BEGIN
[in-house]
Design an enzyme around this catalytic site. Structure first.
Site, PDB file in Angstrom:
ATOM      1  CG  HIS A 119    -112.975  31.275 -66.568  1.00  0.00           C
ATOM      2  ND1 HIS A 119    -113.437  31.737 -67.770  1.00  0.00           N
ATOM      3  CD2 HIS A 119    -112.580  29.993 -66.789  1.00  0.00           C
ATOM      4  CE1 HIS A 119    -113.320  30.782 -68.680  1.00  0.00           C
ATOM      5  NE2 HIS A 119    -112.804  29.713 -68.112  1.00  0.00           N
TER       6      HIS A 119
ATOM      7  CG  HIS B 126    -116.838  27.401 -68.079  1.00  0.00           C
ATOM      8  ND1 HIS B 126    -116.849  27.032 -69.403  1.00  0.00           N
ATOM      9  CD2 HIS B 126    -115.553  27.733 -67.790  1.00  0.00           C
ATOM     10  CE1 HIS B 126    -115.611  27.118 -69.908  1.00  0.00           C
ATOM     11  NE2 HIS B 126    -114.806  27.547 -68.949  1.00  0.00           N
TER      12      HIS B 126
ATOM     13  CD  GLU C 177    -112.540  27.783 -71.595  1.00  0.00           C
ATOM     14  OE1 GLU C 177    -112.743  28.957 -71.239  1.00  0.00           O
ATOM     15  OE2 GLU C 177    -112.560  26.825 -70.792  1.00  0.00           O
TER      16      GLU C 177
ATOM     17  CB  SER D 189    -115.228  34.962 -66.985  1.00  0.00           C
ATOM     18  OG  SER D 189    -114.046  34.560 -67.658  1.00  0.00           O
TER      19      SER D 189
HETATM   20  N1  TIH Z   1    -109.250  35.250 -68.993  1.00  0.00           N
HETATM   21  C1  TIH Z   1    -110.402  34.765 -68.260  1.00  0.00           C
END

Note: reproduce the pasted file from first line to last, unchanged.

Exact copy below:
[in-house]
Design an enzyme around this catalytic site. Structure first.
Site, PDB file in Angstrom:
ATOM      1  CG  HIS A 119    -112.975  31.275 -66.568  1.00  0.00           C
ATOM      2  ND1 HIS A 119    -113.437  31.737 -67.770  1.00  0.00           N
ATOM      3  CD2 HIS A 119    -112.580  29.993 -66.789  1.00  0.00           C
ATOM      4  CE1 HIS A 119    -113.320  30.782 -68.680  1.00  0.00           C
ATOM      5  NE2 HIS A 119    -112.804  29.713 -68.112  1.00  0.00           N
TER       6      HIS A 119
ATOM      7  CG  HIS B 126    -116.838  27.401 -68.079  1.00  0.00           C
ATOM      8  ND1 HIS B 126    -116.849  27.032 -69.403  1.00  0.00           N
ATOM      9  CD2 HIS B 126    -115.553  27.733 -67.790  1.00  0.00           C
ATOM     10  CE1 HIS B 126    -115.611  27.118 -69.908  1.00  0.00           C
ATOM     11  NE2 HIS B 126    -114.806  27.547 -68.949  1.00  0.00           N
TER      12      HIS B 126
ATOM     13  CD  GLU C 177    -112.540  27.783 -71.595  1.00  0.00           C
ATOM     14  OE1 GLU C 177    -112.743  28.957 -71.239  1.00  0.00           O
ATOM     15  OE2 GLU C 177    -112.560  26.825 -70.792  1.00  0.00           O
TER      16      GLU C 177
ATOM     17  CB  SER D 189    -115.228  34.962 -66.985  1.00  0.00           C
ATOM     18  OG  SER D 189    -114.046  34.560 -67.658  1.00  0.00           O
TER      19      SER D 189
HETATM   20  N1  TIH Z   1    -109.250  35.250 -68.993  1.00  0.00           N
HETATM   21  C1  TIH Z   1    -110.402  34.765 -68.260  1.00  0.00           C